In 2021, risk team implemented a quantitative risk-based approach to insurance renewals which resulted in reducing the cost of insurance by 60% and improving the quality of coverage across all insurance lines. This approach allowed us to save, or rather pay a fair price for insurance across the globe. Key to success was not to rely on market “best practices”, but on testing various hypotheses in the market and relying on data.
The first and probably the most important step is understanding the underlying risk profile. This is what in decision science would be called framing the problem. For example, once we started investigating every insurance renewal, we discovered that:
- There was no evidence to continue insuring some risks at all, given the exposure being withing shareholder risk appetite
- Limits were often completely disconnected from actual risk scenarios (usually underinsurance on property and cargo and over insurance on liability lines)
- Low deductibles made no economic sense given the cost of transfer and the cost of retention of risk.
- Low loss ratios on some of the lines which needed to be investigated.
We start by separating compulsory and voluntary insurances. Since compulsory insurances in various countries are usually heavily regulated including pricing, we try to switch to longer term policies and don’t waste time on renewals every year. On the voluntary insurance lines, we start with the discussion with the business, the internal customer, to find out: reasons for having an insurance, historical losses, perceived risk profile and other relevant information. Sometimes we find out that insurance is a requirement from customers, business partners, contractors, banks or a regulatory requirement imposed in some countries and then we switch our quant risk analysis hat on. We are very selective where it makes sense to quantify risks since it usually takes a lot of time, months of work in fact. Spoiler alert, it is totally worth it.
We spend months collecting internal data and consulting with relevant risk experts before contacting insurance markets. Once we have built a decision tree or a bow-tie diagram and a simple model for the risk we reach out to external sources – underwriters, brokers, insurers, reinsurers, rating and analytical agencies, to collect market claims data and any other relevant information. We will need external data later to compare our company risk profile against the industry and to add tail events to our model.
For example, for cargo insurance we investigated and risk assessed which cargoes were being transported (reviewed lots of MSDS), which routes, which ports, which ships, which risks are the most significant to the other market players, which risks are the most significant for us, what controls we have in place over these risks. Then we analyze internal and external statistics, model the distribution of expected losses for this type of risk. We could use Poisson distribution for frequency of events and Pareto or Lognormal for the consequences. Sometimes it would make sense to use a splice distribution, with GPD used to model the tail of the distribution. The limit is determined from a worst-case scenario, usually losing the biggest ship with the most expensive product transportable on that ship, given the volatility of prices. For other insurance types we often engage external risk engineers to estimate plausible worst-case scenarios. I will write a separate article on risk engineers, as it turned out what is considered industry best practices was absolutely useless to us in quantifying risk profile, so we ended up writing a whole new technical specification for the risk survey from scratch.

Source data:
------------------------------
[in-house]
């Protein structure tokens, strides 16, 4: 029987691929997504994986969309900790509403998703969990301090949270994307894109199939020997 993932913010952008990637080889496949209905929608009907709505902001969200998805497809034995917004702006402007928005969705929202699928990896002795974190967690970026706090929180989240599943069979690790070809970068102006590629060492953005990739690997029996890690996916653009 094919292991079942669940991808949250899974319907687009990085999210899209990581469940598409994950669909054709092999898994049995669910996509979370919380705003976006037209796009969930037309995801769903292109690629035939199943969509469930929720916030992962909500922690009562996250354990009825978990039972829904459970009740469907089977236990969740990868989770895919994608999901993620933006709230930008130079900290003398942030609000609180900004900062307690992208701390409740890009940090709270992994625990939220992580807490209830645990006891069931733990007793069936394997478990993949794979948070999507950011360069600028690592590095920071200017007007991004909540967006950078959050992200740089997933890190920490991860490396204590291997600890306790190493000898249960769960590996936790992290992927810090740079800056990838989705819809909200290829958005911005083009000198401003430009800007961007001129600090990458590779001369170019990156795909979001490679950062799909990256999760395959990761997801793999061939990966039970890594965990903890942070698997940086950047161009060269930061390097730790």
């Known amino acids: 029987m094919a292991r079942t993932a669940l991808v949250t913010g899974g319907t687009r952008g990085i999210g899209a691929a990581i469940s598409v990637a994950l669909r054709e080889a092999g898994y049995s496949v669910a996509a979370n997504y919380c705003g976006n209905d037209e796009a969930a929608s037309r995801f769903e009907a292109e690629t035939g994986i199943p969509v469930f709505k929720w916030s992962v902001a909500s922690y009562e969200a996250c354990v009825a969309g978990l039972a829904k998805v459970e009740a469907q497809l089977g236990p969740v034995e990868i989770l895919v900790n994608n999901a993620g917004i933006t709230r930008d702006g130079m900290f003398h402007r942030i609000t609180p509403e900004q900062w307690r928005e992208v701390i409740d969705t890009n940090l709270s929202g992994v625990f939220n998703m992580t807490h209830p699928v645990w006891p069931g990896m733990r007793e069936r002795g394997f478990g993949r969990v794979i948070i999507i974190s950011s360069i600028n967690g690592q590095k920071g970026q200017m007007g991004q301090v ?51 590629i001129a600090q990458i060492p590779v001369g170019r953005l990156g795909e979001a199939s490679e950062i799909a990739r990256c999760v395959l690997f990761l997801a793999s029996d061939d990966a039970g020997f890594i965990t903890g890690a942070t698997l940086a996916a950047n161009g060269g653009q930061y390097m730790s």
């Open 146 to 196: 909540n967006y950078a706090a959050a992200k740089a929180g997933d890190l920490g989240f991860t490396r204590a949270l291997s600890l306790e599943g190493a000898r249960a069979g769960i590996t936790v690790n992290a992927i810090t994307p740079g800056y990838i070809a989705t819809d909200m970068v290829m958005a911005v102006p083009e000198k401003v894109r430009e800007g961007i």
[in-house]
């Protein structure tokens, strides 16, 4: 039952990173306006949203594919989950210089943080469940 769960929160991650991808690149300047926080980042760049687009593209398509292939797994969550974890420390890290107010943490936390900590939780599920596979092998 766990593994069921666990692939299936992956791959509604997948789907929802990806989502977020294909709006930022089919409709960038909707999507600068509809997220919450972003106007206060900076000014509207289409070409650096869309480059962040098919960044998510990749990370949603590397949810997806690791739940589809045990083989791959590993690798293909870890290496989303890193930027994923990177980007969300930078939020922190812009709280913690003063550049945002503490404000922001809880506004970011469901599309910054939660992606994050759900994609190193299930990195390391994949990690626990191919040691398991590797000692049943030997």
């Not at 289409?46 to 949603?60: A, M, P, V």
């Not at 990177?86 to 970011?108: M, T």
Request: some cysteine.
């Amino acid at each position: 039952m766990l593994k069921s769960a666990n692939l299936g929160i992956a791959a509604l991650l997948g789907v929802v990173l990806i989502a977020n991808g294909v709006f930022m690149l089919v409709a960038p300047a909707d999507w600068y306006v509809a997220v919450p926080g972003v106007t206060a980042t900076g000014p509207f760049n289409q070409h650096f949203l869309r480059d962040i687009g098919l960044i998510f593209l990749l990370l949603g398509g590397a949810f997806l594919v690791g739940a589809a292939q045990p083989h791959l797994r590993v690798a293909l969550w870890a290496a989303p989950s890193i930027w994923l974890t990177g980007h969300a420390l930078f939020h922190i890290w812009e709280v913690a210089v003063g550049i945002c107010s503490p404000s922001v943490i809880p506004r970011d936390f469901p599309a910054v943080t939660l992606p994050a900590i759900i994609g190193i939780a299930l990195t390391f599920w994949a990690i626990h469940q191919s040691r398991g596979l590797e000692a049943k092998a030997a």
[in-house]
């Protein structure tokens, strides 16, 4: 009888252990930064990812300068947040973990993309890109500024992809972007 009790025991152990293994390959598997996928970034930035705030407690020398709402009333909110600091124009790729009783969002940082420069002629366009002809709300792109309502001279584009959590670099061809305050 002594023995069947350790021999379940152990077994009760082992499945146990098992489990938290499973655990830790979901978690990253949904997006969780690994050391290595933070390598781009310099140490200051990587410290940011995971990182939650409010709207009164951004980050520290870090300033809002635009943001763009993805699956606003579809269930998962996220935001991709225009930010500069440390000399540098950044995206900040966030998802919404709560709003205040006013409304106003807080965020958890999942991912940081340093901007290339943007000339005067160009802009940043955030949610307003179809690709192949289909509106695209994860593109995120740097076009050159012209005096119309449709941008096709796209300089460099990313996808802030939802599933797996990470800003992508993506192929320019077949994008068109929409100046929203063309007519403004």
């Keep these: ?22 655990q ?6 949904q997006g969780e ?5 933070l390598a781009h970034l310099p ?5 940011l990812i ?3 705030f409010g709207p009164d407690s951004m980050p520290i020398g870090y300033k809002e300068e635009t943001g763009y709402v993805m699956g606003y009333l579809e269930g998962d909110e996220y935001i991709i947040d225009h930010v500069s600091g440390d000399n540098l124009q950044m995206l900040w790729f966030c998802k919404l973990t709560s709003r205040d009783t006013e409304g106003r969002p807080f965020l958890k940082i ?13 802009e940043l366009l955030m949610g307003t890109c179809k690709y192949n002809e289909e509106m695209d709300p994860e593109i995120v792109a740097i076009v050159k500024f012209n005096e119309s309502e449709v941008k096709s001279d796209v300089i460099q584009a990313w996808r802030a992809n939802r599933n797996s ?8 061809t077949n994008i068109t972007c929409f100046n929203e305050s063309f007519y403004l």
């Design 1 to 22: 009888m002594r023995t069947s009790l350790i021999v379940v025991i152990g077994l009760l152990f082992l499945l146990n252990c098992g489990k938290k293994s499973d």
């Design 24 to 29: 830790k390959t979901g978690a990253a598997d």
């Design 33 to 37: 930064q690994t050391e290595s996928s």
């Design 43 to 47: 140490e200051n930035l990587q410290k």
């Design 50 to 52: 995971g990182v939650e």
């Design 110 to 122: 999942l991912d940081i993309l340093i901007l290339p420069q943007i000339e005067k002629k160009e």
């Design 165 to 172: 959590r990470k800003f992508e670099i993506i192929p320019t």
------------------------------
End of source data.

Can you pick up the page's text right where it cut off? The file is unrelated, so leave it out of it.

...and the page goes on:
Sometimes, after the initial risk analysis, we would come back to business with the conclusion that insurance may not be required at all, as risk is within risk appetite and request additional information if the business insists on insurance. Recently, the customer (internal risk owner) said that he wants the same insurance limit as last year. Having collected the data, we saw that there was no evidence to suggest the same limit was necessary and a limit four times lower would cover the risk at the given confidence level.
However, we would not just exclude the higher limit, we always test multiple hypotheses in the market, this means we never make a decision without first receiving feedback from the insurance market and pricing different hypothesis. As my experience shows we actually end up increasing, no reducing, limits most of the time based on the risk profile calculated.
This is what a typical risk profile looks like:
The risk profile allows us to answer important questions before we even approach insurance markets:
- Reasonable limit for the policy
- Fair price for the policy
- Ability to test different deductible options to see which one provides better return
- Important operational risk information, including expected losses (needed for budgeting) and unexpected losses, VaR (needed for liquidity management).
The best thing about building a risk profile, the math is quite simple and replicable. We used similar models for cargo, liability, PD/BI, health and other lines. And now we are working on automating a model using Archer platform. Sign up here to find out when it goes live https://go.archerirm.co/Insight-RiskAcademy
In the next articles I will write about broker selection, preparing submissions (we do all submissions ourselves, never using broker submissions), dealing with underwriters and mapping quotes against risk profile to select the shortlist and then the best policy.